THE DISEASE OF AGENT ORANGE

A Poem by M. Lapin

Once I listened to a poet
(but I cannot remember her name
or the title of her poem)
who wrote lines about Cincinnati
using the Yellow Pages,
the names of corporations,
factories, the outpouring of chemical
into the early evening sky.
As I listened, I saw the sky
she saw, the setting sun,
the slow motion vibration of light
through pollution, the setting sun
caught in prisms, the end of day
wonderful with color, a drizzle
of compounds, everything
rainbowlithic. Years later a river
in that town caught fire.
So I ask you, Monsanto,
Dow Chemical, Uniroyal, can you
hear the beauty in that poem, too?
Did you see the splatter of spray
over American soldiers,
Vietnamese, the now extinct forest
wildlife and trees a display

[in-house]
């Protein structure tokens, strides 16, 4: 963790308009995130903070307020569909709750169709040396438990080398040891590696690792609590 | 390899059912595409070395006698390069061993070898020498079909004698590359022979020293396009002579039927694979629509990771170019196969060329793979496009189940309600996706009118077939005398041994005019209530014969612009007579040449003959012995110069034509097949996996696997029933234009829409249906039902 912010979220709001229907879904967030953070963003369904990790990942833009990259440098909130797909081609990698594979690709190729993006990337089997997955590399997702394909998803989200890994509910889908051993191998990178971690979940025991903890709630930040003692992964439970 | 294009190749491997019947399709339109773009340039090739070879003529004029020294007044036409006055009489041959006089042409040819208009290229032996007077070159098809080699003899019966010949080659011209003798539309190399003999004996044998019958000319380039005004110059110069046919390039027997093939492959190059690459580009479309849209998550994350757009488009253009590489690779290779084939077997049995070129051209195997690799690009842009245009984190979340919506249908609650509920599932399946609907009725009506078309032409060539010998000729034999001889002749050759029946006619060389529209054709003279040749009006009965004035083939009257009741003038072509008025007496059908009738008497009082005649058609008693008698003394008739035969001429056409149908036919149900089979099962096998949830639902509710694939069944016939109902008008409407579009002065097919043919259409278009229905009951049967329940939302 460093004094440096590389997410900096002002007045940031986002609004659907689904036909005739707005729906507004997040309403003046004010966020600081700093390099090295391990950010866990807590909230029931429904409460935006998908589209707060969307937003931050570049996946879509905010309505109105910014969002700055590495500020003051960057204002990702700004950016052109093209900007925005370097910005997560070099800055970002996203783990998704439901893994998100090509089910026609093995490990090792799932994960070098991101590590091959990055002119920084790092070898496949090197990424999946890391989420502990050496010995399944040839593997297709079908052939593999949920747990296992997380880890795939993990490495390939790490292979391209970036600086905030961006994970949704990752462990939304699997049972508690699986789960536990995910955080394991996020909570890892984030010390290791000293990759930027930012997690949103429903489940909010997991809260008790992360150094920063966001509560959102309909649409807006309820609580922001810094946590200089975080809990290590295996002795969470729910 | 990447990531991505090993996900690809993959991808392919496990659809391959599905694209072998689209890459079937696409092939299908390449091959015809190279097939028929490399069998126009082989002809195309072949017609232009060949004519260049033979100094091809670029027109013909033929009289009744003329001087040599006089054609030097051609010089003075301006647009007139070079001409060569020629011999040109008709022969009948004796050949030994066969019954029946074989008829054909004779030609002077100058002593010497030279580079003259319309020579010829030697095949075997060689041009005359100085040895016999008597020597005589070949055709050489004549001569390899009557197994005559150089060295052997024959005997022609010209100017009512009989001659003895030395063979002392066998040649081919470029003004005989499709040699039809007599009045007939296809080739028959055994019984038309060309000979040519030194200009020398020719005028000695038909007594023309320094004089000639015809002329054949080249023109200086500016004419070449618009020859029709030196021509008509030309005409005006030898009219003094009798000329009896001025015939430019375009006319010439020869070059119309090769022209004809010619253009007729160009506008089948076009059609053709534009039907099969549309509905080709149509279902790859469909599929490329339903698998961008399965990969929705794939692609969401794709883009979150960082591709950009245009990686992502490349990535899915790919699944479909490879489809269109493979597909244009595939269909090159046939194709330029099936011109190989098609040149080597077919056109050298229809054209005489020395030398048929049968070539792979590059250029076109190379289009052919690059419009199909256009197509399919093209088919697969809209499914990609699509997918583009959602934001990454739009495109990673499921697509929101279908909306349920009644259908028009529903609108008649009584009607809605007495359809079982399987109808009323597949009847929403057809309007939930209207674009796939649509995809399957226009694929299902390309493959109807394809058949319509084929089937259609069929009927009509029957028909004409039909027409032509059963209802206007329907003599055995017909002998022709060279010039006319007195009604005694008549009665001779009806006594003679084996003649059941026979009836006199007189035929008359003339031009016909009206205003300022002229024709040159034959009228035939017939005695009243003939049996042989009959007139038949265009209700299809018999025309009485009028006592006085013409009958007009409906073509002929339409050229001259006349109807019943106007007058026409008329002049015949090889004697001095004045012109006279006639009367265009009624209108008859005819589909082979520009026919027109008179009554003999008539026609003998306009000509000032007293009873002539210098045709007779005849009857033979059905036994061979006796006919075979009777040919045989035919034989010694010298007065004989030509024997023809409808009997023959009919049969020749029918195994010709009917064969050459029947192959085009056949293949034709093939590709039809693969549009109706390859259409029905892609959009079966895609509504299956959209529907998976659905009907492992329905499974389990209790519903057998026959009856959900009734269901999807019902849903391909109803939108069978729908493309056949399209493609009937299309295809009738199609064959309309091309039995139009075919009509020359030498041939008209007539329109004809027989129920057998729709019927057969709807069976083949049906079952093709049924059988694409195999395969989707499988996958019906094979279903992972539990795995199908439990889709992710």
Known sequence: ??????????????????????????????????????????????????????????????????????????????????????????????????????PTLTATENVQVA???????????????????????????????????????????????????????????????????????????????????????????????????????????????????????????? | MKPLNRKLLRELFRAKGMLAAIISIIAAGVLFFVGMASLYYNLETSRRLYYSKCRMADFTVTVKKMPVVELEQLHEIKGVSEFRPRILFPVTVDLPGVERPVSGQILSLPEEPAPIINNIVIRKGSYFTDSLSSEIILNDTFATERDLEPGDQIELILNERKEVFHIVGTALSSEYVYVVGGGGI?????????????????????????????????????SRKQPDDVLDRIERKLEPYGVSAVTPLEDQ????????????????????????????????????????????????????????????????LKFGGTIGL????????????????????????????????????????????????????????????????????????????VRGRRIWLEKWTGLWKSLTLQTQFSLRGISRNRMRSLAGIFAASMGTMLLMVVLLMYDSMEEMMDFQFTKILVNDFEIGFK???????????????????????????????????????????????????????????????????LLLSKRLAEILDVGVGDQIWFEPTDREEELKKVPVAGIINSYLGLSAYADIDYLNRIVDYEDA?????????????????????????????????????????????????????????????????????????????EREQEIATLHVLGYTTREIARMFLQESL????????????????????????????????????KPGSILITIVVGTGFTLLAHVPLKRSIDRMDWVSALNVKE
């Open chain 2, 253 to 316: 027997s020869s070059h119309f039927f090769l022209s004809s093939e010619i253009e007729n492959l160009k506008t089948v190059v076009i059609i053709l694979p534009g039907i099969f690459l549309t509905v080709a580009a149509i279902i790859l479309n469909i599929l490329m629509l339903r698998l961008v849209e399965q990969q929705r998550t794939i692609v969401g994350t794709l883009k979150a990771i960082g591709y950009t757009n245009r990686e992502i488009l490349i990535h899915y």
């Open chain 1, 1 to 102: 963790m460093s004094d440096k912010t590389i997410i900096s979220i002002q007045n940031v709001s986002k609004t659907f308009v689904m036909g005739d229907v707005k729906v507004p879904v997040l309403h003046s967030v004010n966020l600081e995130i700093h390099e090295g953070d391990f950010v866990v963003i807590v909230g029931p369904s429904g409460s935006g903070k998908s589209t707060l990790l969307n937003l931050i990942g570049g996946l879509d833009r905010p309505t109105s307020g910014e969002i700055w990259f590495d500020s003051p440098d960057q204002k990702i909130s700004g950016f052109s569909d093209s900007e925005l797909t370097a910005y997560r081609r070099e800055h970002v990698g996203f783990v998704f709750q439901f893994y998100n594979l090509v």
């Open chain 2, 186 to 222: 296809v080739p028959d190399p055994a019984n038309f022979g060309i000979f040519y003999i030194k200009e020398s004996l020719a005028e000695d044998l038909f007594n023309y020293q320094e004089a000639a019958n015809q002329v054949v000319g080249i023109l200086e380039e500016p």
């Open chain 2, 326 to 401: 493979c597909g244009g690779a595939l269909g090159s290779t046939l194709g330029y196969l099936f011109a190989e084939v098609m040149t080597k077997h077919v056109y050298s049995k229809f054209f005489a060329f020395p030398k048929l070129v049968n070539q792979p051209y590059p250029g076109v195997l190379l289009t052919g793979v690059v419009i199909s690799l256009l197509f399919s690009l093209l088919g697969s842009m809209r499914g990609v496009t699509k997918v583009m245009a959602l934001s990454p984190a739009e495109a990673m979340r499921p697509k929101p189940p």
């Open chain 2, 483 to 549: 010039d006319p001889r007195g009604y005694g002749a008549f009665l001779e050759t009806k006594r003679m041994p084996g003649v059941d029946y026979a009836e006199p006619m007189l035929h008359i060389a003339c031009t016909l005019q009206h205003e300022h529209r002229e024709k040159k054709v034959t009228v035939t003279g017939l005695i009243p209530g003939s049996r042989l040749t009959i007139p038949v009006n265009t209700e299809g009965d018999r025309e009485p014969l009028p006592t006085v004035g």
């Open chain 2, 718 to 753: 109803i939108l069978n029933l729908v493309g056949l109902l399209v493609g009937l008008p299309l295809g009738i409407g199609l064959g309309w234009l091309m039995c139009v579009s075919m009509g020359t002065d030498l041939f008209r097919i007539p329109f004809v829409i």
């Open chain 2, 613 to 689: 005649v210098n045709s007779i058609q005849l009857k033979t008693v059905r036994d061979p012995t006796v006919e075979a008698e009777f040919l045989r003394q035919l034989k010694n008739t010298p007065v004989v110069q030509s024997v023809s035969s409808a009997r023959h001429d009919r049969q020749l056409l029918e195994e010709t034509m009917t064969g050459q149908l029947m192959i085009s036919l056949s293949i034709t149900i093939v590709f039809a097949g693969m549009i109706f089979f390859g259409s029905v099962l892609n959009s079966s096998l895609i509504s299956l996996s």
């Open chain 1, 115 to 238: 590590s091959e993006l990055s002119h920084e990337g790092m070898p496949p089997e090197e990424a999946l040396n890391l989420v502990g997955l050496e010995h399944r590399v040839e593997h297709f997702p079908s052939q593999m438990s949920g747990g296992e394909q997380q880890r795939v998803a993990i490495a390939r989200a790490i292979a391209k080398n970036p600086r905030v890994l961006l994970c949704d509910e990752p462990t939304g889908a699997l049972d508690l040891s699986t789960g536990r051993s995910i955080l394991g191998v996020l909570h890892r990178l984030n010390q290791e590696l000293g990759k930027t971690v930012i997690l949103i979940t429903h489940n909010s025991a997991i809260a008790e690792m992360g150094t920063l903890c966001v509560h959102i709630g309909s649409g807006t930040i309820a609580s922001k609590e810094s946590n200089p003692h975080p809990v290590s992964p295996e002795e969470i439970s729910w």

of beauty? Did you not know
what it would cover, its effects
on people and life, the evolution
of humans to almost humans?
Did you not think the fish would change
and the water buffalo and the small peeper?
How could you not comprehend
the spread of poison down the Saigon River
into the oceans, the threads of life,
spreading its wealth into all of us?
The poet read a poem about dusk
in Cincinnati and I a poem
somewhat different, but still laden
with chemical and its rainbow of defects
that refuse to go away, but continue
until even rice might hold fire in its seed
burning its way slowly into all of us.

— First published by Asbestos Boots on Beatnik Feet

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